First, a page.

The Minister is quite correct that the reports are incredibly worrying, but they are unsurprising. The fact that the Turkish regime has denied them or said it was doing everything in accordance with a plan is a bad sign rather than something to take comfort from. The EU is saying: "Tut tut, lads. We're really not too happy with what you are doing here." The problem, however, is that it sends a contradictory message when we continue to do business with them. It is a fact that refugees have been shot, along with arbitrary detention and deportation without due process. By continuing to deal with that, we are complicit in it, and not only in terms of the refugees themselves. It also gives a green light to the Turkish authorities to continue their poor treatment of the Kurdish population. The Minister will know that, according to the UN, Turkish security forces have shot civilians, destroyed infrastructure, carried out arbitrary arrests, and triggered a wave of displacement in their ongoing campaign against the Kurds. By continuing to do business with them, we are giving a green light for that to continue.

As I said earlier, and I think Deputy Daly may have been present, the EU and Turkey have been working together for many months to address what is a hugely challenging migrant crisis. Turkey is hosting an estimated 2.7 million refugees, which is an enormous number for any country. The EU is committed to assisting Turkey and has established a €3 billion facility for refugees there. This facility aims to support Syrians and other refugees by providing access to food, shelter, education and health care. As part of the deal, the EU has also agreed to take from Turkey, on a one-for-one basis, a Syrian refugee for each irregular migrant returned there from the EU.

I acknowledge the fact that there are issues and problems. Instances have taken place recently that are matters of huge concern and I share that concern. I ask the Deputy to consider that the agreement entered into and the manner in which this process is under way are not the actions of an institution intent on outsourcing its problems.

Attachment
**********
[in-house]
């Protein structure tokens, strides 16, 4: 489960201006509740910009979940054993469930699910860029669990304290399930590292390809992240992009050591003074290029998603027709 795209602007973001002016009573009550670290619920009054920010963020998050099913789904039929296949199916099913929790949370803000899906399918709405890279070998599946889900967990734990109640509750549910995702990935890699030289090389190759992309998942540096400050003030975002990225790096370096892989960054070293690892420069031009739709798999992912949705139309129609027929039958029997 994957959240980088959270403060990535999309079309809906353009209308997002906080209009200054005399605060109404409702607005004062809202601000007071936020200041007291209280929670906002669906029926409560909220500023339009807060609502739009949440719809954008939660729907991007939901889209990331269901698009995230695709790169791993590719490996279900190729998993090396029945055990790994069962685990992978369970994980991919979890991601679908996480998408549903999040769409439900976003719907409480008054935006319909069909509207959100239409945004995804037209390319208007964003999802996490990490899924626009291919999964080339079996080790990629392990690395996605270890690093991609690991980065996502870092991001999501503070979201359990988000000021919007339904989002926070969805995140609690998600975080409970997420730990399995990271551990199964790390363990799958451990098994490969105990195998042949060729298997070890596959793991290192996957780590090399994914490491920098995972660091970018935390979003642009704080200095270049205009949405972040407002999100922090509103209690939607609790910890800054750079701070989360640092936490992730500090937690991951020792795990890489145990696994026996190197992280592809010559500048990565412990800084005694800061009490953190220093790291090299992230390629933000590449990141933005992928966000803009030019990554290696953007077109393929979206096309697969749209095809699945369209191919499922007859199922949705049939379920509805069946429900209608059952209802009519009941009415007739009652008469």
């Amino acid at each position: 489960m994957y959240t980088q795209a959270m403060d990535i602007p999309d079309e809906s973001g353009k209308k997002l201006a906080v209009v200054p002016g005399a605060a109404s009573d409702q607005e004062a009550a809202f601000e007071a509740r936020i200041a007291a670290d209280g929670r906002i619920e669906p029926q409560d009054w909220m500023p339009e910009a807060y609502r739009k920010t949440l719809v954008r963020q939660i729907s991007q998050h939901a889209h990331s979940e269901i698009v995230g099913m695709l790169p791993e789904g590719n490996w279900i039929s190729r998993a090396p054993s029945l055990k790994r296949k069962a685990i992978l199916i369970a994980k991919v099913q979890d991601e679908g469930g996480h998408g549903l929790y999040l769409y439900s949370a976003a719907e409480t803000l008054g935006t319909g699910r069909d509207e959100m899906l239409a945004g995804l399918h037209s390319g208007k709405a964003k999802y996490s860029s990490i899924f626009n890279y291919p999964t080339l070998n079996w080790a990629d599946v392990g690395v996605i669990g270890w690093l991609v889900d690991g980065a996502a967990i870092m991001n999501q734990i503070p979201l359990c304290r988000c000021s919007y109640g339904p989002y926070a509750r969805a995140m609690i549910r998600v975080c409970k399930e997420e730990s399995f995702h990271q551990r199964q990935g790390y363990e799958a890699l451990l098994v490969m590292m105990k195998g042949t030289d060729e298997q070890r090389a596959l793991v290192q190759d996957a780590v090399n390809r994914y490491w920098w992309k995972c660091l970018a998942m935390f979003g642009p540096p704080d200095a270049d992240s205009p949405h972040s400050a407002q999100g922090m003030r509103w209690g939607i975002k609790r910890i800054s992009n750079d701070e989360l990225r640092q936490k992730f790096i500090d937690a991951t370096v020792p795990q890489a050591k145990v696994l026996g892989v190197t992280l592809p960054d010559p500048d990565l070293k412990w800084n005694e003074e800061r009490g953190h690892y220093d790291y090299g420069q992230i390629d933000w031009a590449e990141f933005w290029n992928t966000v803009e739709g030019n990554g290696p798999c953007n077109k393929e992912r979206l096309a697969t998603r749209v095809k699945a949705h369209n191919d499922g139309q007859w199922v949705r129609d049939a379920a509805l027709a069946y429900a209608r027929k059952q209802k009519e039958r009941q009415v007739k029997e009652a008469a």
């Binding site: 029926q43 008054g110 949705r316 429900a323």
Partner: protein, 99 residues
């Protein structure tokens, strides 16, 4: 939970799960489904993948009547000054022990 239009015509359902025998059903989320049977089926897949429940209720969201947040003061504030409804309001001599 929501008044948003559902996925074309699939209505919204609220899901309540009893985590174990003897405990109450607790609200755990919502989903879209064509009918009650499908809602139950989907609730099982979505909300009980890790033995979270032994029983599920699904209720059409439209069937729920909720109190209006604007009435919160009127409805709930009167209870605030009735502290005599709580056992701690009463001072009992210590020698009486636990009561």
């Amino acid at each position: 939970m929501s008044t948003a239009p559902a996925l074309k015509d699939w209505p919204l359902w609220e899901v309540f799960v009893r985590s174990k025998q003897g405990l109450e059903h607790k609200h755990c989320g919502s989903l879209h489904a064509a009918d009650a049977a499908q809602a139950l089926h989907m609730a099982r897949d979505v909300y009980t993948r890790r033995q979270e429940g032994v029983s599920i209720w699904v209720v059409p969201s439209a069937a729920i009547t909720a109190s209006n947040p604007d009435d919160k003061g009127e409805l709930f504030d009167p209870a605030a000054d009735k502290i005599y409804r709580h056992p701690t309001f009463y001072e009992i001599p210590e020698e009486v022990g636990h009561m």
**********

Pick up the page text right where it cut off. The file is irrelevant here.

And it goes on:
The Minister's fantasy account of support, food and shelter being grand is belied by circumstances which have been highlighted by media outlets that are not the most radical, such as Der Spiegel. They have reported stories about Syrians being brought to Turkey from Greece and taken directly to detention centres. We know that these centres are largely off limits to journalists, aid organisations and lawyers. One MEP who managed to visit one reported that detainees are only permitted to leave their cells for a few minutes every day.

The Turkish regime is brutally undemocratic and vicious. Its treatment of the Kurdish population is reprehensible, not to mind its treatment of refugees. That is an established fact and many of the international organisations which deal with refugees are saying so. The Minister has not done enough to highlight this matter in dealings with his European counterparts.

Under the agreement between the EU and Turkey, each migrant has the right to apply for international protection in Greece, to have his or her application assessed on an individual basis in line with international law, including the right to appeal. Part of the assessment of persons process includes ascertaining whether Turkey can be considered a safe country, given an irregular migrant or asylum seeker's individual circumstances. Turkey has provided a series of formal guarantees as part of the EU-Turkey agreement, including that Syrian refugees returned to Turkey will be granted temporary protection upon return. Non-Syrians in need of international protection who are returned to Turkey will also be able to apply for and receive protection there. On 4 May, the European Commission reported that Turkey has received all those returned from Greece in accordance with the agreement.

I share the concern as evidenced by the Deputy and I wish to assure her that we will continue to monitor the situation. Ireland is one of a number of countries that continues to provide humanitarian aid to the region, which is obviously a priority in terms of the treatment of refugees, asylum seekers and other displaced persons.

Military Aircraft Landings

Richard Boyd Barrett


33. Deputy Richard Boyd Barrett asked the Minister for Foreign Affairs and Trade the numbers of United States of America troops and military hardware that passed through Shannon Airport during the period 2001 to date 2016, in tabular form; and if he will make a statement on the matter. [19430/16]

Despite the Minister's previous answers to Deputy Paul Murphy and answers he has given in the past, I would like him to detail the numbers of US troops and military hardware that have passed through Shannon Airport from 2001 to date. The Twin Towers were attacked in 2001 and the war on Iraq followed subsequently. I would like the Minister to address that matter factually, as best he can.

The Air Navigation (Foreign Military Aircraft) Order 1952, made under the Air Navigation and Transport Act 1946, gives the Minister for Foreign Affairs primary responsibility for the regulation of activity by foreign military aircraft in Ireland. Permission must be sought in advance for landings by all foreign military aircraft, including US aircraft, and, if granted, is subject to strict conditions. These include stipulations that the aircraft must be unarmed, must not engage in intelligence gathering, the flights in question must not form part of military exercises or operations and the aircraft must carry no arms, ammunition or explosives.